Startup Marketing, Sales,
or Revenue Leaders and
Go-to-Market Strategy

Startup marketing teams are often staffed with just one full-time person tasked with incredibly ambitious goals to drive downstream sales and revenue growth.

Startup Marketing, Sales, or Revenue Leaders

Startup Marketing Requires Juggling Many Different Responsibilities

Startup Marketing Requires Juggling Many Different ResponsibilitiesMuch like a utility player on a baseball team that can effectively play nearly every position on the field, startup marketers wear lots of hats.

On any given day, marketers at startups get involved with planning and implementing content marketing, conversion paths, digital ads, digital marketing, email marketing, marketing automation, sales enablement, search engine optimization (SEO), social media marketing, and website updates.

Marketers at Startups Need to Own the First 60-80% of the Buyer’s Journey

In a digitally transformed world, where 60-80% of the buyer’s journey happens before a prospective buyer wants to speak with your sales team, marketers at startups carry enormous responsibilities.

Without a strong marketing footprint, startups will often struggle to get found early enough in buyer research to earn a seat at the table. That said, many startups’ marketing and sales playbooks live in a bygone era.

Shocking Disconnects Between the Importance of Startup Marketing and Resulting Investment Levels

Digital marketing platform Mayple found that only 56.9% of startups have a dedicated marketing team. When you dig deeper into specifics, it becomes even clearer why so many startups leave so much revenue opportunity on the table with marketing: only 20.8% had one or more employees dedicated to marketing. Even crazier, the same source found that only 64% of startups have websites.

Marketing platform Unstack discovered that 66% of startups employ marketing teams with one to three employees. The same research shows that startup CEOs prioritize SEO and content marketing as key growth drivers -- with 54% of startups publishing one to four blog posts each month.

Go-to-Market (GTM) Strategy

The Impact of Go-to-Market Strategy on Downstream Startup Sales and Customer Success Activation

The Impact of Go-to-Market Strategy on Downstream Startup Sales and Customer Success ActivationBefore you can even think about attracting the right prospects, engaging with the right opportunities and customers, and delighting the right customers into promoters, you need an effective go-to-market strategy.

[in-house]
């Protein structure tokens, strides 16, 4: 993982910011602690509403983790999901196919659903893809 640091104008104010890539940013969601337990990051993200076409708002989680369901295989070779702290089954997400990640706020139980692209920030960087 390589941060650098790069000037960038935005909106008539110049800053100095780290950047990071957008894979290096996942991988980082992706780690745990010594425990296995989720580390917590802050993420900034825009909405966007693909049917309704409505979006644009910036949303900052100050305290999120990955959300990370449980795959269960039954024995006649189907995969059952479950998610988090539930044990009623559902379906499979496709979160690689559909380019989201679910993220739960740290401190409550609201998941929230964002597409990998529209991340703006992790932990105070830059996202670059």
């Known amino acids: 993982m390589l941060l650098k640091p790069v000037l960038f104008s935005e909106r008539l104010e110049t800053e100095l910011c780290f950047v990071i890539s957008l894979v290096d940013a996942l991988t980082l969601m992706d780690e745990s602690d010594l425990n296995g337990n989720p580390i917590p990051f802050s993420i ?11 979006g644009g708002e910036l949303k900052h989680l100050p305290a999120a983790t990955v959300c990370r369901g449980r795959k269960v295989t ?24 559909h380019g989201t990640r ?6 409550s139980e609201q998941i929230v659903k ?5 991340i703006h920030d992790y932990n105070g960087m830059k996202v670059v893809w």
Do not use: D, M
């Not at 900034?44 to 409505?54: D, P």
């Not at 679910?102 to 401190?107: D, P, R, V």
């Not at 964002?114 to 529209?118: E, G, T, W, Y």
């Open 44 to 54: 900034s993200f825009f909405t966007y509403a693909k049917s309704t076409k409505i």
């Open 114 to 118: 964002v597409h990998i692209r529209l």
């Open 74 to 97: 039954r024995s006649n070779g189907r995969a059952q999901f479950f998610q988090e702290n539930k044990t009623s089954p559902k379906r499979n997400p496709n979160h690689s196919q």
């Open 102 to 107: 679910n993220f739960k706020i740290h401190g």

To gain the leverage that your startup needs in the sales and customer success processes, your team needs to be seen in the marketplace as the go-to subject matter experts, teachers, trusted advisors, and thought leaders about your most important topics.

Your startup needs to get found by the right people, in the right places, at the right time, and most of all: in the right context.

That’s no easy feat in a world where so many digital journeys are dominated by hyper-competition from all corners of the world.

That’s why it’s more important than ever to nail your startup’s strategy for differentiation, thought leadership, competitive positioning, sales cycle acceleration, and scalable predictable revenue growth.

From a tactical perspective, startup marketers need a go-to-market strategy that includes buyer personas, jobs to be done, a defined sales process, a demand generation plan, content strategy, key performance indicators (KPIs) to measure progress, and a customer success framework.

However, creating an effective go-to-market strategy can be extraordinarily time-consuming and expensive.

And that’s the reason why we created Go-to-Market Strategy Blueprints so that you can get instant access to affordable Go-to-Market Strategy Blueprints for specific industries and business models.

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